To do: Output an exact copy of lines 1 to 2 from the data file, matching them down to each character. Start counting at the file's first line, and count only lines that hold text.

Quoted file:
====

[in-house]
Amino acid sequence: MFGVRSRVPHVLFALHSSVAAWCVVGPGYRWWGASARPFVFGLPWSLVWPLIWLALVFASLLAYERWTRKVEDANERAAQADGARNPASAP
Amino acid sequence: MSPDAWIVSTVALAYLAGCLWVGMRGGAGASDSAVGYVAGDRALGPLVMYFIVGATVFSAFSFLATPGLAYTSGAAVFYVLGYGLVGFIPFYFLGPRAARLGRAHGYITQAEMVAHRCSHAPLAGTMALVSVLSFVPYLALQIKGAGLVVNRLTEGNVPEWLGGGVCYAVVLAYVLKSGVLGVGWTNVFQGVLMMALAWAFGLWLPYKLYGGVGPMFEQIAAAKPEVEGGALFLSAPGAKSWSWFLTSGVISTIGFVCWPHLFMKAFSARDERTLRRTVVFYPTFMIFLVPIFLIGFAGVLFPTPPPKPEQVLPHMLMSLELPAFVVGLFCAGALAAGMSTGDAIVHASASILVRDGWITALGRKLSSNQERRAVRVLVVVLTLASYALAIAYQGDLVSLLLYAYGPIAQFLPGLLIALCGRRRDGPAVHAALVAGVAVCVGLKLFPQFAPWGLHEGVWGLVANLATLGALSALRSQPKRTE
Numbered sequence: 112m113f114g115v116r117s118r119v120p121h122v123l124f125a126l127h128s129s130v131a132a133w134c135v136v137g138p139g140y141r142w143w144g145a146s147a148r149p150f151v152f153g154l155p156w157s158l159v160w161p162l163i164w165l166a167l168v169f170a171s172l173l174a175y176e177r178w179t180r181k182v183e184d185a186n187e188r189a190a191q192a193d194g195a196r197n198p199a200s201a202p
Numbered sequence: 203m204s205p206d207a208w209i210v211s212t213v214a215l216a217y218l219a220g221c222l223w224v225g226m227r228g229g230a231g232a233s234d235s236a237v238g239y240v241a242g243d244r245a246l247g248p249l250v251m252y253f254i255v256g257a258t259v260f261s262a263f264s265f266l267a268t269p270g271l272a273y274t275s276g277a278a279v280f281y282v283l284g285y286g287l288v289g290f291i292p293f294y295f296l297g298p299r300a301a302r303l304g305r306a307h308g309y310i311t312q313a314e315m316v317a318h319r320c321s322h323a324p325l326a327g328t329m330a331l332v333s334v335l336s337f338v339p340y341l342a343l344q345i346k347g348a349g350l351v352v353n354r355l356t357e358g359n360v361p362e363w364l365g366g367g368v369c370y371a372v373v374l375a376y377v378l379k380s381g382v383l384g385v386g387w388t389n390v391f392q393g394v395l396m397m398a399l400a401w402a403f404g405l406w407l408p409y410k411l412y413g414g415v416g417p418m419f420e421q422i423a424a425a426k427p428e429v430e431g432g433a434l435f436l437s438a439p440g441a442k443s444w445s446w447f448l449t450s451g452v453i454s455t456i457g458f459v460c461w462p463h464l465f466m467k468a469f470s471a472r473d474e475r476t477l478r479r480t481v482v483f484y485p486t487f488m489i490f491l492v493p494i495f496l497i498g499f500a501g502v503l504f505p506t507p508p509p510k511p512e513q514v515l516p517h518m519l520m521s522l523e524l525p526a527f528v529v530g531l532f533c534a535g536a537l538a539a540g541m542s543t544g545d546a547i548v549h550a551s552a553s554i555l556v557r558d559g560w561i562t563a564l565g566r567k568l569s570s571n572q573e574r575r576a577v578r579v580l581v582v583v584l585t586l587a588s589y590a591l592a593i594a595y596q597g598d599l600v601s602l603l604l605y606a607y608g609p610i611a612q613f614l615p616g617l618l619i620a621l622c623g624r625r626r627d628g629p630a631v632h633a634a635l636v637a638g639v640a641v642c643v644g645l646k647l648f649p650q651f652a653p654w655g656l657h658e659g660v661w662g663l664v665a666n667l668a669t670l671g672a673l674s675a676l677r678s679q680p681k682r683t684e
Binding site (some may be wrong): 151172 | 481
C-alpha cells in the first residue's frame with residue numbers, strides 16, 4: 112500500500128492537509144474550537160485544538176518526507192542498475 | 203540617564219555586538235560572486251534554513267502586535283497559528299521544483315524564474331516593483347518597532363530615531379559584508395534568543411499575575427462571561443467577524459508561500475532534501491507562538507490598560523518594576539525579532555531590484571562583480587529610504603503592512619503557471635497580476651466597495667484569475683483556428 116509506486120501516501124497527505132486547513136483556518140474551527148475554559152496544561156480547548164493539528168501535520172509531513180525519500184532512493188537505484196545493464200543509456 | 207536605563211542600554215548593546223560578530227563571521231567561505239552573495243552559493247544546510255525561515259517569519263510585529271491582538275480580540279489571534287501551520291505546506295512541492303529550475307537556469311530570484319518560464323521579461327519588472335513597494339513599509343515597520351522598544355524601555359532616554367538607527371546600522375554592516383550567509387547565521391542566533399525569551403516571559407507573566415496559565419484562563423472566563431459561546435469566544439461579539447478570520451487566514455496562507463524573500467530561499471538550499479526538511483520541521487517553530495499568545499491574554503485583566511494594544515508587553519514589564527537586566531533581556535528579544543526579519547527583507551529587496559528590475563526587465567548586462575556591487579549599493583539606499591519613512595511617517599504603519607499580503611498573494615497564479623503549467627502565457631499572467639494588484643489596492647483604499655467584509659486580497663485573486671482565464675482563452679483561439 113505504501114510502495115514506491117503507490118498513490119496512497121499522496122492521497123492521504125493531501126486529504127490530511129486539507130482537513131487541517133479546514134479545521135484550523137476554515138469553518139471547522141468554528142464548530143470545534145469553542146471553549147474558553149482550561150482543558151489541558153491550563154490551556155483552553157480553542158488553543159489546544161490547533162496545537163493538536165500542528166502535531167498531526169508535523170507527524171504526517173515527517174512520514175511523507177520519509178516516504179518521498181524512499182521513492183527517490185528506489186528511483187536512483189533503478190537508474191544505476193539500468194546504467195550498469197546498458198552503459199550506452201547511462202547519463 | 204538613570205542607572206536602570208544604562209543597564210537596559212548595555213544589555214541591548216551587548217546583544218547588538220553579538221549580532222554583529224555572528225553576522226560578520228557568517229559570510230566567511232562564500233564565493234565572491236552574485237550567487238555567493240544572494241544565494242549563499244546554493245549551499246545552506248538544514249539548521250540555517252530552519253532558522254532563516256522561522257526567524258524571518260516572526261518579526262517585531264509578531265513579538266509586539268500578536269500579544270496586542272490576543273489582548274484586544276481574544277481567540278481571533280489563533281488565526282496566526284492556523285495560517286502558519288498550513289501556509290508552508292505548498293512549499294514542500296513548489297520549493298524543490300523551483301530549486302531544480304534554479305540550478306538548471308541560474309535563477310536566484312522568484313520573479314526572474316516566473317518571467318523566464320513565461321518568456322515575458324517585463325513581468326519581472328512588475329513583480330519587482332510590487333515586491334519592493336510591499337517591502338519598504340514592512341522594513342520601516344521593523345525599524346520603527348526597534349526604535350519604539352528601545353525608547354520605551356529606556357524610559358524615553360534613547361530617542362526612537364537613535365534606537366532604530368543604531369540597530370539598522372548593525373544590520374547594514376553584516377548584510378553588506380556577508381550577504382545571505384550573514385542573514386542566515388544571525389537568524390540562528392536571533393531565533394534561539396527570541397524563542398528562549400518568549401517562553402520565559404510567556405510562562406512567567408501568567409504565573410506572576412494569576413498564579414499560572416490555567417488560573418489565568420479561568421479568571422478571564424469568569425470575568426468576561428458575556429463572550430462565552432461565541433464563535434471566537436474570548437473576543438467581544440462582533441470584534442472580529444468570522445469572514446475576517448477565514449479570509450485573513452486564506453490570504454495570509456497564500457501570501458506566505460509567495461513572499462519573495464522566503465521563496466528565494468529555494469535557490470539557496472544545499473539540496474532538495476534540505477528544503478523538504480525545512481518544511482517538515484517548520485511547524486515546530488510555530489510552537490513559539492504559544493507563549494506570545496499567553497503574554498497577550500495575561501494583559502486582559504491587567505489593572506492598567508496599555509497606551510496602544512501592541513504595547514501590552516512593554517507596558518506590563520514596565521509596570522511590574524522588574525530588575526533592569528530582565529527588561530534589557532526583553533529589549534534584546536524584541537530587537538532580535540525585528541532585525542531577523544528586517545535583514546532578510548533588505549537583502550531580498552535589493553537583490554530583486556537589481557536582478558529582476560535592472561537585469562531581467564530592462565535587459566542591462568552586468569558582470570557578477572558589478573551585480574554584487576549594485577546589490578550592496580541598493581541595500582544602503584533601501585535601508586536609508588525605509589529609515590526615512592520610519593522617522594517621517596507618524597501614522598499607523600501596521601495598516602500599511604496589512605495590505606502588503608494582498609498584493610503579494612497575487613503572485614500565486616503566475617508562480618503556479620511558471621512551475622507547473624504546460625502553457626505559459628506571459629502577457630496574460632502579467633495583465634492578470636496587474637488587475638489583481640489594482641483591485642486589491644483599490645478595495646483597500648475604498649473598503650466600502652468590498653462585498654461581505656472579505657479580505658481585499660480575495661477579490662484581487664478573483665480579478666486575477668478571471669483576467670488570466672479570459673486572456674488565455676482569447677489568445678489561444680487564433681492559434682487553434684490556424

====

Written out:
[in-house]
Amino acid sequence: MFGVRSRVPHVLFALHSSVAAWCVVGPGYRWWGASARPFVFGLPWSLVWPLIWLALVFASLLAYERWTRKVEDANERAAQADGARNPASAP